Homemade Strawberry White Wine Vinegar Recipe

strawberries in a bowl and sugar
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    48 hrs

Making your own homemade fruit infused vinegars is easier than it sounds at first. In fact, all it takes is three ingredients and a little patience. Having a couple of bowls, a fine sieve, and a few pieces of cheesecloth wouldn't hurt either.

Store-bought fruit infused vinegars tend to have a heavier flavor and thicker consistency due to the cooked fruit most producers use. But this strawberry vinegar recipe uses fresh strawberries and crisp white wine vinegar to make a lighter, fresher vinegar.

Use your strawberry infused vinegar on fruits, salads, or in a vinaigrette. We love using it as a dressing on a fresh summer salad of baby spinach, fresh strawberries, toasted almonds, goat cheese, and fresh basil. Or try it on a traditional Caprese salad of buffalo mozzarella, fresh tomatoes, and basil for a bit of a twist. The best part? This strawberry vinegar keeps in a dark, cool place indefinitely so you can have a taste of fresh summer strawberry all year-round.

What You'll Need

  • 1 pint strawberries, washed, hulled, and sliced
  • 2 cups white wine vinegar*
  • 2 tablespoons sugar

How to Make It

  1. In a medium-sized bowl, stir together the strawberries, the vinegar, and the sugar.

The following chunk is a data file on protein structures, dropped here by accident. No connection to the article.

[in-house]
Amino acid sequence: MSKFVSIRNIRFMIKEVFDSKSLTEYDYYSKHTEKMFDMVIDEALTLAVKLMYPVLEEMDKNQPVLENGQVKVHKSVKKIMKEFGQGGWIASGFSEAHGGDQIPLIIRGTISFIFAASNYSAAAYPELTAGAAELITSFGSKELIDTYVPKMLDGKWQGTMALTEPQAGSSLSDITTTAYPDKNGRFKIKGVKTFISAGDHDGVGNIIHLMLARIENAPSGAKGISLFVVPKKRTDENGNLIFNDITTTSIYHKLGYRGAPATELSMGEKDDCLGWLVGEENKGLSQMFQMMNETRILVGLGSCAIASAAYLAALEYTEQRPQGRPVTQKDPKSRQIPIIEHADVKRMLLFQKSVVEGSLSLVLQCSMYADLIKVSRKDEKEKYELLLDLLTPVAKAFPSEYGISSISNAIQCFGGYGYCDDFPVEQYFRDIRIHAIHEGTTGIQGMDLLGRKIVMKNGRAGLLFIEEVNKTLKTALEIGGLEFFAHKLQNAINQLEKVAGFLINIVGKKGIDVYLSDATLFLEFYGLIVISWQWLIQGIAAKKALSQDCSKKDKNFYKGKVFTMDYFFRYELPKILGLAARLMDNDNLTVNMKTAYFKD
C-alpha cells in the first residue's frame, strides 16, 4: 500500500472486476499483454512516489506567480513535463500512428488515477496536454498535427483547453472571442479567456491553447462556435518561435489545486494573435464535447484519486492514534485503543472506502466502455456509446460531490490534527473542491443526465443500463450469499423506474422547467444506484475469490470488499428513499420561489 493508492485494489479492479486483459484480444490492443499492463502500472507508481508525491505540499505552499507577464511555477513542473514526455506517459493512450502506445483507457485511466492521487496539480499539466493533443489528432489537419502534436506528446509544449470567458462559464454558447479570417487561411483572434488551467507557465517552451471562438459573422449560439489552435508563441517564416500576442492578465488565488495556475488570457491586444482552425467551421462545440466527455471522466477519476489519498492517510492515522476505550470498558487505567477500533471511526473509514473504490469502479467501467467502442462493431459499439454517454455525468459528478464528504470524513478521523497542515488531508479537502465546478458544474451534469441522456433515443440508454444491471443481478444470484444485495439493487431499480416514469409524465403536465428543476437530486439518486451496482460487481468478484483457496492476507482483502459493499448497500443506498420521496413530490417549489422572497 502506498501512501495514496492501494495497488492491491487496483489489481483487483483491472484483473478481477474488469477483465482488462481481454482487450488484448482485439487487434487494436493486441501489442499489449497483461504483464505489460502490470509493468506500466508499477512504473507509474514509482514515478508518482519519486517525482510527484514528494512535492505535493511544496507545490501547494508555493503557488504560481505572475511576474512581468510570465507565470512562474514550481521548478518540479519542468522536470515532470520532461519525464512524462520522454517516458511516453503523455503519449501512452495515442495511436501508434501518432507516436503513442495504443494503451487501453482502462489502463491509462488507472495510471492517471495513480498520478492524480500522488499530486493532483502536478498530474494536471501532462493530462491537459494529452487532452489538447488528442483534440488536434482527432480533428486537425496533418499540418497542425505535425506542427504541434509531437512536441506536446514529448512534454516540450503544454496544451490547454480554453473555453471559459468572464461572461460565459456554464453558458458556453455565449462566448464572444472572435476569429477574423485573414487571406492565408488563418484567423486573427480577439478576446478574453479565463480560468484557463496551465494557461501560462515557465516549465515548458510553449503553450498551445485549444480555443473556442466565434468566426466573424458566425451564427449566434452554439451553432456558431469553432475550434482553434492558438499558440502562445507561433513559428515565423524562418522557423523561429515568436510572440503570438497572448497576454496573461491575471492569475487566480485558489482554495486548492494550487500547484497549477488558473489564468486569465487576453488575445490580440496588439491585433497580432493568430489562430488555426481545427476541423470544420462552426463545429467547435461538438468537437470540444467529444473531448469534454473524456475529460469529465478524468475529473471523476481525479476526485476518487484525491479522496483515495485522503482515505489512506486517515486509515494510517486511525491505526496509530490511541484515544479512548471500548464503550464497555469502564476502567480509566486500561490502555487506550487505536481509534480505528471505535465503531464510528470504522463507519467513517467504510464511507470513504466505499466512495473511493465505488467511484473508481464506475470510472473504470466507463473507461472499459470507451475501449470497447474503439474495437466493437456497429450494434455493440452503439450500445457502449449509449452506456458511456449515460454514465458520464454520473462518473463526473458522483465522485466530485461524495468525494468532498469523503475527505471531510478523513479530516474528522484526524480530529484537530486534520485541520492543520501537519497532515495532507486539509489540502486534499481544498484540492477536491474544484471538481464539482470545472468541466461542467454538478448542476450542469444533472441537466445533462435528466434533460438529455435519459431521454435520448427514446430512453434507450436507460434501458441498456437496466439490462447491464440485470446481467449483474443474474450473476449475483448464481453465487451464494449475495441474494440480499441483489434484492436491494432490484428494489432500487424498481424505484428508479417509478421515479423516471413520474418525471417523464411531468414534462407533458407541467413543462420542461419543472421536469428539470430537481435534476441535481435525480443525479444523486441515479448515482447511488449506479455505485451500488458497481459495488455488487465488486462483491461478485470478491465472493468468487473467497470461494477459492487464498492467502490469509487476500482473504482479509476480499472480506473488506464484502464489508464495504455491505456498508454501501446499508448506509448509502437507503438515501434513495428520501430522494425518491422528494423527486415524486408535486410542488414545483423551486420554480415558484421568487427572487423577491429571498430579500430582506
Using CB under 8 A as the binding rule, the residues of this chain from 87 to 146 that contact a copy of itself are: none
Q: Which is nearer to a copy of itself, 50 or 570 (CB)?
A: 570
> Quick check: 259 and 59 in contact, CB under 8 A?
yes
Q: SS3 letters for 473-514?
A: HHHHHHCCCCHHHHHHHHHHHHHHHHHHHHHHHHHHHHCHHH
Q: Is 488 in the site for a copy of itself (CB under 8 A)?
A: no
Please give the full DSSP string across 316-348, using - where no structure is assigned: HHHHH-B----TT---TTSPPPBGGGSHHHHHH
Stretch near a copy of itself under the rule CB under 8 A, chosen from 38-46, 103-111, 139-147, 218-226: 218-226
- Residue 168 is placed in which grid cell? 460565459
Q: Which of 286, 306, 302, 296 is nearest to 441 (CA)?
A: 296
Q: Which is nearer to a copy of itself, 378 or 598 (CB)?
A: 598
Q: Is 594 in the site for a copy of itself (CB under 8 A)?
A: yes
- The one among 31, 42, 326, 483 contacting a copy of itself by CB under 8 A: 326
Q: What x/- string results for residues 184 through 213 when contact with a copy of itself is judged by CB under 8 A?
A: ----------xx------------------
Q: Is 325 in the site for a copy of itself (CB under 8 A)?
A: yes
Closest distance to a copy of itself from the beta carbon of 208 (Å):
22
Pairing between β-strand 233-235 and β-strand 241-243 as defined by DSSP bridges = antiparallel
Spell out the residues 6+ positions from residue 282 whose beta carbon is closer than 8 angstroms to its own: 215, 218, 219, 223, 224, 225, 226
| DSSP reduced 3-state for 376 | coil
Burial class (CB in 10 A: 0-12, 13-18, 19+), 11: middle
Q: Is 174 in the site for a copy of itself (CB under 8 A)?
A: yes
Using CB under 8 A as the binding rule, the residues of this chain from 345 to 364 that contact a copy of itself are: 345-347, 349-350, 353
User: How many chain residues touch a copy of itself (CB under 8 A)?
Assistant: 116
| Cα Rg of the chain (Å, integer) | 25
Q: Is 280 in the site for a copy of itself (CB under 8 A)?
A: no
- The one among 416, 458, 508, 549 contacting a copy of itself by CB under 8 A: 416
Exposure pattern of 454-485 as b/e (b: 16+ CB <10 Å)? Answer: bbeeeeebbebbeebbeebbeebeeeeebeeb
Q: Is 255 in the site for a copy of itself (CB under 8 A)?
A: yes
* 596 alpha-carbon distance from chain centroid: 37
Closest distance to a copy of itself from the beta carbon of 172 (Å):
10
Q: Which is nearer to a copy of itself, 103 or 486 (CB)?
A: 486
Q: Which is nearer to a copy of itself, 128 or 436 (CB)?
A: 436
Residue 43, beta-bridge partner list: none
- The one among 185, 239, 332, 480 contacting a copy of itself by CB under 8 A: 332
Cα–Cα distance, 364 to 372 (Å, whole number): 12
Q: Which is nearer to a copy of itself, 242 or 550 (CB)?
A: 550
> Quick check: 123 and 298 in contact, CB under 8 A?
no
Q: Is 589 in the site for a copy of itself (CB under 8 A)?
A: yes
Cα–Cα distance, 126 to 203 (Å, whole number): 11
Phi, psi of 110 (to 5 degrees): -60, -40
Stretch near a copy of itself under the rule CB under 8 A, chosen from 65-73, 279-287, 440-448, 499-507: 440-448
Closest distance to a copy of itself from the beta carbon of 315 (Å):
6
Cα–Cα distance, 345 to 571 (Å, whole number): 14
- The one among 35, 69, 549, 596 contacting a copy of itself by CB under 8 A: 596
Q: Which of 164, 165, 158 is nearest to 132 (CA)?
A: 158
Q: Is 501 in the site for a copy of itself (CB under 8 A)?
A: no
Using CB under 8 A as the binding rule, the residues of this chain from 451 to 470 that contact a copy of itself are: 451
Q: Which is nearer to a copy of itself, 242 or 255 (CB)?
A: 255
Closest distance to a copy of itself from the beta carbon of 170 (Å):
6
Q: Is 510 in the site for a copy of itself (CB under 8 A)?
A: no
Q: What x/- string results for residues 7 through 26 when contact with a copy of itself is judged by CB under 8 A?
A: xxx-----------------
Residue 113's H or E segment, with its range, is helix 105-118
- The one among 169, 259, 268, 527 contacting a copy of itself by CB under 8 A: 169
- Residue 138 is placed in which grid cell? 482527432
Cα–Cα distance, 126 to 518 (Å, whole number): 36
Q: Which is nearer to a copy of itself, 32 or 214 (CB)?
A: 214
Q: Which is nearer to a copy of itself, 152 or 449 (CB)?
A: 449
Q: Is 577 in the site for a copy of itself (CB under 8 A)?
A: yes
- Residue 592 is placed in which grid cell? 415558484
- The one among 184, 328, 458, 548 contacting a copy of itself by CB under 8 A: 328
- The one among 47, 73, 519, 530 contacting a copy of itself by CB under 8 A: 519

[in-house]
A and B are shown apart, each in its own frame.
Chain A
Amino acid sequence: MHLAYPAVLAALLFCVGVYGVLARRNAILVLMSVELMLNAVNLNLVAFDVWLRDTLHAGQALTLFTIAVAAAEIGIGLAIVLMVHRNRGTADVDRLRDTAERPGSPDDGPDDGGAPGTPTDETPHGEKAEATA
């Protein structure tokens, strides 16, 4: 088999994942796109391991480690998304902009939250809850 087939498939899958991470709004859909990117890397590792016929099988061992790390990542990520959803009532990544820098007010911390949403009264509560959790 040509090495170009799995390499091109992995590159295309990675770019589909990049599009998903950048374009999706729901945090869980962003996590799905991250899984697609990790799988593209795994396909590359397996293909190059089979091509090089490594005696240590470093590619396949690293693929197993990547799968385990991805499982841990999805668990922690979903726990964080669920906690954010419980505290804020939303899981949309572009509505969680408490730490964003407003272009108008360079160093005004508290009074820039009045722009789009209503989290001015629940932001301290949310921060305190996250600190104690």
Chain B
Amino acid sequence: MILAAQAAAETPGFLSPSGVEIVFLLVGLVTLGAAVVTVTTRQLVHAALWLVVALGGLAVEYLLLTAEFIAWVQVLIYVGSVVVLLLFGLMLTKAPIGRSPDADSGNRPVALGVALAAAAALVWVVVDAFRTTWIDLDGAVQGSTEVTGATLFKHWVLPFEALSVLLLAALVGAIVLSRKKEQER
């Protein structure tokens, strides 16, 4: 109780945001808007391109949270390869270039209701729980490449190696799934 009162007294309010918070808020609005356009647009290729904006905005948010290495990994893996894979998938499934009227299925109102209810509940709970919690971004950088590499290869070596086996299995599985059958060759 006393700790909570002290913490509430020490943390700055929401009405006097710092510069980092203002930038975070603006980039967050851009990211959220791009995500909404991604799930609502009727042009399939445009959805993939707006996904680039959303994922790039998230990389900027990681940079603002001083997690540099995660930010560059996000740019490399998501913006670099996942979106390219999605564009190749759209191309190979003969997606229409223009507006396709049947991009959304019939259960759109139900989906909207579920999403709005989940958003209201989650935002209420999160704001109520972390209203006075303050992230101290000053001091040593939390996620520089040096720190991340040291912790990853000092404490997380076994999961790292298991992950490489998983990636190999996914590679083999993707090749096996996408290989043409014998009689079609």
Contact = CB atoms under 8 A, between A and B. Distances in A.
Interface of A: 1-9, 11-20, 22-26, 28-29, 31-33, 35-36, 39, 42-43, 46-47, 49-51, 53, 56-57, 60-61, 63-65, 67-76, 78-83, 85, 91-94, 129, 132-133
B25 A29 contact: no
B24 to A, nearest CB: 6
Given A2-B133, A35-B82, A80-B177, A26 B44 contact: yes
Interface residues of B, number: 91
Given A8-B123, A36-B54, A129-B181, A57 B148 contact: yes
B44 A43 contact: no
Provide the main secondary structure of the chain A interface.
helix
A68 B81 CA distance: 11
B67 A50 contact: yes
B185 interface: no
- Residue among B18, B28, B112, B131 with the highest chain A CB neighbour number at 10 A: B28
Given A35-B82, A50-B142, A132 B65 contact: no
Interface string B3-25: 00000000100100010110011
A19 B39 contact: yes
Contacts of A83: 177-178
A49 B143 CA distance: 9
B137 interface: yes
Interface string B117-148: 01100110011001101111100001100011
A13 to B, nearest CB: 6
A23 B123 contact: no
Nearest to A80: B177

2. Let the mixture stand, covered, at room temperature for 2 days.
  3. After two days, discard the strawberries with a slotted spoon and strain the vinegar through a fine sieve lined with a triple thickness of rinsed and squeezed cheesecloth into a bowl.
  4. Transfer the strained vinegar to a bottle with a tight-fitting lid and use it in salad dressings and marinades.

    This fresh and fruity strawberry white wine vinegar keeps in a dark, cool place indefinitely.

    *Ingredient Note: While we love using white wine vinegar in this strawberry vinegar recipe, you could also try a white balsamic, which works beautifully with the fresh strawberries and imparts a slightly different flavor closer to that of aged balsamic.

    Recipe Source: Best of Gourmet: 1990 Edition (Condé Nast/Random House)
    Reprinted with permission.

    Gourmet magazine may have ceased publication in late 2009, but the monthly magazine was a staple in most home cook's magazine collections. It was a historically upscale magazine, but it always provided a beautiful blend of recipes from elegant and sophisticated dinner party-worthy entrées to easy and healthy weeknight meals. Each year, the editors at Gourmet would compile the best recipes from the magazine that year to be published in their Best of Gourmet cookbooks. This recipe was first published in their 1990 edition of the book. Today, you can still see the Gourmet brand online with published recipes from some of the best chefs in the business.